We learned earlier that accomplishment is one of the essential pillars of well-being. So, what sort of metrics can help us evaluate accomplishment? Traditionally, intelligence was measured with IQ tests to predict chances of success. But this metric is far from sufficient.
For one thing, IQ tests simply cannot capture the character traits that are crucial to success. There are four qualities typically tied to high-achievers: speed of thinking, the ability to plan and revise existing work, fast learning rates and effort invested in tasks.
IQ tests typically place a lot of emphasis on testing speed of thinking. Take the choice-reaction time exercise, for example. Subjects seated before a panel with a light and two buttons, one on the left and one on the right, are told to press the left button when the light is green and the right button when the light is red. They’re to do this as fast as possible. IQ results show a marked correlation with performance in this task.
Yet the remaining three traits of success are nowhere to be seen in typical IQ testing. New approaches to testing have had to be developed to consider other important qualities that help us achieve our goals.
Psychologist Angela Duckworth developed a composite measure with several tests for different characteristics: the Eysenck Junior Impulsiveness Scale, a 54-item yes/no questionnaire designed to measure impulsiveness; a self-control scale to be filled out by parents and teachers ranging from one for maximally self-controlled children to seven for maximally impulsive; and tests that investigate delay of gratification – a child’s willingness to give up a small satisfaction today for a greater one in the future.
Students who scored higher on this new measure also exhibited higher grade point averages, better test scores and less absenteeism, making them more likely to achieve success after graduating.
Flourish Key Idea #6: Wealth and well-being don’t go hand in hand.
Richer people have got to be happier, right? With excellent living standards and a network of friends just as accomplished and affluent as they are, why wouldn’t they be? Well, for lots of reasons.
If you consider the difference between GDP and levels of well-being, you’ll find a shocking discrepancy. Though GDP and life satisfaction generally share a positive relationship, a closer investigation reveals some strange anomalies. Latin countries achieve far better results in life satisfaction, despite lower GDPs. Post-communist countries with higher GDPs score below average on life satisfaction. And life satisfaction in the United States has not improved for 50 years, although the GDP has tripled in that time. Why is this?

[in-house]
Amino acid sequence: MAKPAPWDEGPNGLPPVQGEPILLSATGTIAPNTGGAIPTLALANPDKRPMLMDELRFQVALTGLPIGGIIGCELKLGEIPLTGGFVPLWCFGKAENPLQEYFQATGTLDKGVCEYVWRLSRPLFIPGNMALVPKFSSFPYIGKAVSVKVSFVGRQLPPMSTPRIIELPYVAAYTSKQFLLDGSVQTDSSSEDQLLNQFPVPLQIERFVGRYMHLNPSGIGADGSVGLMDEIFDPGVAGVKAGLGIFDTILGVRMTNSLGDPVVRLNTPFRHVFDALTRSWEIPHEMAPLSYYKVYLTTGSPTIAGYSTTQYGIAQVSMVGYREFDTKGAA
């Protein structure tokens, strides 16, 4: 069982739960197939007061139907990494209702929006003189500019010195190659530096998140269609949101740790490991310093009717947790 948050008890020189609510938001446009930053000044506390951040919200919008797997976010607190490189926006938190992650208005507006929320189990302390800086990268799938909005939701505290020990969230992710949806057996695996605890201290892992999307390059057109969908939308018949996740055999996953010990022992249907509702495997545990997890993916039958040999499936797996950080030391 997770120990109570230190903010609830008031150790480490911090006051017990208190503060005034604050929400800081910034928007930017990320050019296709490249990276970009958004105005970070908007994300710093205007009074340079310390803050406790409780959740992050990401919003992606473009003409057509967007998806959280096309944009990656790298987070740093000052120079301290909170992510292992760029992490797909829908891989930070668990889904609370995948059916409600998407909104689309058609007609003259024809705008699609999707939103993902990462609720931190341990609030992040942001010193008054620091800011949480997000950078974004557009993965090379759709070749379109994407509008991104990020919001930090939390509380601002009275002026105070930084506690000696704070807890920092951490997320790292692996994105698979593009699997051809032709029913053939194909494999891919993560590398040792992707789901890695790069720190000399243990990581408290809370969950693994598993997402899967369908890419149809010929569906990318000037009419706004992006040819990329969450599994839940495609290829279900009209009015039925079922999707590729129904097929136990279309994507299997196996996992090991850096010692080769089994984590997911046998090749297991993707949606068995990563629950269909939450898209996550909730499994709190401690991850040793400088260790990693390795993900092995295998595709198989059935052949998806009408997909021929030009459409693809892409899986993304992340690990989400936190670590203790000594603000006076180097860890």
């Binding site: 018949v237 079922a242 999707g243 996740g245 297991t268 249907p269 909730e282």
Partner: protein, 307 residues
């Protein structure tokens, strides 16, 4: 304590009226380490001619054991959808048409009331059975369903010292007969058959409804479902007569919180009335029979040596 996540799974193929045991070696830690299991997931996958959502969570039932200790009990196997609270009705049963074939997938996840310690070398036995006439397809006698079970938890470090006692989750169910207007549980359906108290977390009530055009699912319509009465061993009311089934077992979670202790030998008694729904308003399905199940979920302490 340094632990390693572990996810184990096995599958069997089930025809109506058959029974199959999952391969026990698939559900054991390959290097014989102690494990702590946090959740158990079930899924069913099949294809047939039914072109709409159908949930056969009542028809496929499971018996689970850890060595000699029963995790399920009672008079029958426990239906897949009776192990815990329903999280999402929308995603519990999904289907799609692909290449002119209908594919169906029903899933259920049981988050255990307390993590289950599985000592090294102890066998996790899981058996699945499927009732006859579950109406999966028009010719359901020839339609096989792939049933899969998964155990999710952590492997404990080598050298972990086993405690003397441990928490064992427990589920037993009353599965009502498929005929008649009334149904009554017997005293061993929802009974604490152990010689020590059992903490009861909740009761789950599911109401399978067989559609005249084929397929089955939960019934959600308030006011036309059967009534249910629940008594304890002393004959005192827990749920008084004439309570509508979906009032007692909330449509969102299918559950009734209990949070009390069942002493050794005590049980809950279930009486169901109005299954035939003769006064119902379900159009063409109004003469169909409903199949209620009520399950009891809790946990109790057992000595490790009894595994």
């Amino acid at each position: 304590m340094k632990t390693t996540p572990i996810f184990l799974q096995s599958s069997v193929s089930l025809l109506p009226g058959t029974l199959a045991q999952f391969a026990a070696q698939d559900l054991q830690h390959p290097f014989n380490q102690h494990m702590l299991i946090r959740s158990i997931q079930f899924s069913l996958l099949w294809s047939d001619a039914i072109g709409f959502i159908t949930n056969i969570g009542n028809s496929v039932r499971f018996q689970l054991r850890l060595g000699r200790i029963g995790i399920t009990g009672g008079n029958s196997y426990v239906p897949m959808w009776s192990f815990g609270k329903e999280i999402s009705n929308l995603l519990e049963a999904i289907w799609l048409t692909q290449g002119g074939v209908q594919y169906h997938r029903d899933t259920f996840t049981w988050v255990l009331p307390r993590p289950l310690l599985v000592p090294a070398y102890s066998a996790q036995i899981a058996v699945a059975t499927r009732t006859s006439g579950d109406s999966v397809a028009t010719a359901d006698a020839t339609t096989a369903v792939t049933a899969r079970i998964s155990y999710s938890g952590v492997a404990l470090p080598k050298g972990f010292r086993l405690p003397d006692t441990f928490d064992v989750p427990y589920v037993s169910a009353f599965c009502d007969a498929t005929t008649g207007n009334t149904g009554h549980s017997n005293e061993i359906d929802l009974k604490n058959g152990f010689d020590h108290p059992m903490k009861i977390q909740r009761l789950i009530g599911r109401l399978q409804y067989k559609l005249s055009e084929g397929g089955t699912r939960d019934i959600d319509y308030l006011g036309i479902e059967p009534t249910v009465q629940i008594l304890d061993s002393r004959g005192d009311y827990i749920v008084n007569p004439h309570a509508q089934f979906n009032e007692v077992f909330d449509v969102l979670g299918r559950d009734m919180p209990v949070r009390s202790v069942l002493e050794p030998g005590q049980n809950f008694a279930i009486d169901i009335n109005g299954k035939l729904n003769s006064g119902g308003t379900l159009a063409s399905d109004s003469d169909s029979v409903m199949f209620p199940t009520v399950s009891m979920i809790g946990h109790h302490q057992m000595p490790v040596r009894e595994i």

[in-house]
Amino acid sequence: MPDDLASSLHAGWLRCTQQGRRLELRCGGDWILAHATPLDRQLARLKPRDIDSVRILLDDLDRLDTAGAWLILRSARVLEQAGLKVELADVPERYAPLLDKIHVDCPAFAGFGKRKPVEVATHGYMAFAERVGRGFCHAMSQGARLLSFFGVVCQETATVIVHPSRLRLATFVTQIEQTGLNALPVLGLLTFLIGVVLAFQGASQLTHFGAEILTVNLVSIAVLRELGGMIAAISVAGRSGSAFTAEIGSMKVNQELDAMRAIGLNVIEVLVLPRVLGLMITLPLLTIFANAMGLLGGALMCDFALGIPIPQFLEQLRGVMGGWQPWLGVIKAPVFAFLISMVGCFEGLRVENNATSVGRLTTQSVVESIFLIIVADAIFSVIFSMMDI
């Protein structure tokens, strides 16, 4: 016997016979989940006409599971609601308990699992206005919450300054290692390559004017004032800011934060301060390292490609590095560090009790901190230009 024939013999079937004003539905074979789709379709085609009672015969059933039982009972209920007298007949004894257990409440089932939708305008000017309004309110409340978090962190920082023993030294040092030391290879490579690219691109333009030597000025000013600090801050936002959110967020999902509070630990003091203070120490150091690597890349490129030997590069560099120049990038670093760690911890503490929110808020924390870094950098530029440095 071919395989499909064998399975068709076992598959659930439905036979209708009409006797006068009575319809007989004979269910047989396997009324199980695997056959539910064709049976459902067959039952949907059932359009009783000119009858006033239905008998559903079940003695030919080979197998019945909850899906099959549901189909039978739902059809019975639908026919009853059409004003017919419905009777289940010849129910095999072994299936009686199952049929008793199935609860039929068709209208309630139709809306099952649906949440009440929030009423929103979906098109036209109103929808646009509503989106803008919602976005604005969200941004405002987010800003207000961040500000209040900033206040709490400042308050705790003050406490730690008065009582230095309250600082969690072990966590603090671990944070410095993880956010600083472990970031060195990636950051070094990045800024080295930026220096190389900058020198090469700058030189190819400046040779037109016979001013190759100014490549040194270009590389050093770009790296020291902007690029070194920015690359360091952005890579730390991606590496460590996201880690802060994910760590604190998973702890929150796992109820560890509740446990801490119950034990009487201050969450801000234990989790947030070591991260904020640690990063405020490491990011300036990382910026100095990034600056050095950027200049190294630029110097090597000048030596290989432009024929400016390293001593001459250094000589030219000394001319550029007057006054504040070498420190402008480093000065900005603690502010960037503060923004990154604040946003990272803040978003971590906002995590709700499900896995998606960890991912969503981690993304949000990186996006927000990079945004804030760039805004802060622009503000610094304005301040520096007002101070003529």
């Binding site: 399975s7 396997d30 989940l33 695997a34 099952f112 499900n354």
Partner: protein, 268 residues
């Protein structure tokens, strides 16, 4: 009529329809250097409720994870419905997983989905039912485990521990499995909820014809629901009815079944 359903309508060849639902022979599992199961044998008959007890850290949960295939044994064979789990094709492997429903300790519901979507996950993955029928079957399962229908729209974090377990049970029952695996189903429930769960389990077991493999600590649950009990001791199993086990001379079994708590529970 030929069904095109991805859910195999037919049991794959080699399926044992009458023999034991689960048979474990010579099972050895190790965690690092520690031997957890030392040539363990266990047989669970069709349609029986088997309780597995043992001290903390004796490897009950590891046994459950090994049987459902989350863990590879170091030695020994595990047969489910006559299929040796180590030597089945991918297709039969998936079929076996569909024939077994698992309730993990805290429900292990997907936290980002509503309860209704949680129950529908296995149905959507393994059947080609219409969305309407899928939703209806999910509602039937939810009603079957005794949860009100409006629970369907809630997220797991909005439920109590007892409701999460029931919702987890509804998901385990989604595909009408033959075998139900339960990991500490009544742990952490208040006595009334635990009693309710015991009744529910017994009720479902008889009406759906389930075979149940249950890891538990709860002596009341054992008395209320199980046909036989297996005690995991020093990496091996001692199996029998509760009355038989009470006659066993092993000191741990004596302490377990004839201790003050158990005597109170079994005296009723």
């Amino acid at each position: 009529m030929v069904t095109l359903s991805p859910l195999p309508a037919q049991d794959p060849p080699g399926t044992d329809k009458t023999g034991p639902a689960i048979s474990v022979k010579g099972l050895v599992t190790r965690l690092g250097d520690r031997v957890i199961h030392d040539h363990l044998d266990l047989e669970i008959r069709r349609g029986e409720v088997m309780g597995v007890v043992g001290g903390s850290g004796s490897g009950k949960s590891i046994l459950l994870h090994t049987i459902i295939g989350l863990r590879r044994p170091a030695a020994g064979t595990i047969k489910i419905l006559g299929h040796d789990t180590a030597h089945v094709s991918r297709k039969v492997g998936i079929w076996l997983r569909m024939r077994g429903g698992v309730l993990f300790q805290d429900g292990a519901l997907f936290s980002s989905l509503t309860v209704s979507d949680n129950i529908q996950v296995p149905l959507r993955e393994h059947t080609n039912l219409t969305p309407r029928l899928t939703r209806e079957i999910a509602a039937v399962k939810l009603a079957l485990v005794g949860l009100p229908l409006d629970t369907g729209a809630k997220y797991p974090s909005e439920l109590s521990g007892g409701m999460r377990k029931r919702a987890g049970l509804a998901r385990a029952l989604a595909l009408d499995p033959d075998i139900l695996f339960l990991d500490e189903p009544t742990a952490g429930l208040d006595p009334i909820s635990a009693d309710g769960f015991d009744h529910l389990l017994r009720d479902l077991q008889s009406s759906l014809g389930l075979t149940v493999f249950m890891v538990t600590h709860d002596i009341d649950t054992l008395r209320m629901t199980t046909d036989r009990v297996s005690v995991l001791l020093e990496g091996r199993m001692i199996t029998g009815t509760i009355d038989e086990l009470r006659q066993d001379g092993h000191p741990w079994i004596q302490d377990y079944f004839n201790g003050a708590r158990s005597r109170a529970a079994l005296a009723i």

It becomes clearer when we see how GDP is calculated. The GDP is simply a measure of goods and services produced and consumed, regardless of whether these products decrease well-being. A spike in anti-depressant consumption implies more people being able to work, while a larger workforce and longer commutes to work lead to more travel expenses. Both raise the GDP, though they indicate a lower quality of life.
While wealth can provide us with material goods and pleasant customer-service experiences that make us feel good, it cannot offer us any of the remaining elements of well-being. Experiences of meaning, engagement and accomplishment in our lives do not arise out of wealth alone. Human relationships can even be negatively impacted by wealth, as we learn to rely on money more than we do on each other.
So, don’t favor money over these other elements, figuring you’ll be able to buy them back later. That’s simply not how happiness works.
In Review: Flourish Book Summary
The key message in this book:
Prescription drugs, wealth and a high IQ aren’t the factors that make us happy, successful people. Positive emotion, engagement, accomplishment, meaning and social relationships are what really matter. By exploring positive psychology exercises in our lives and within schools, we can give ourselves the well-being we deserve.
Simple exercises are all it takes to improve your well-being. The gratitude letter is one of these. Write a letter of gratitude to somebody who helped you without asking for anything in return. Take 300 words to express your appreciation in a concrete way, detailing how their help affected your life, and why you still reflect upon it today. Let the recipient read it while you’re there and watch as positive feelings unfold for both of you.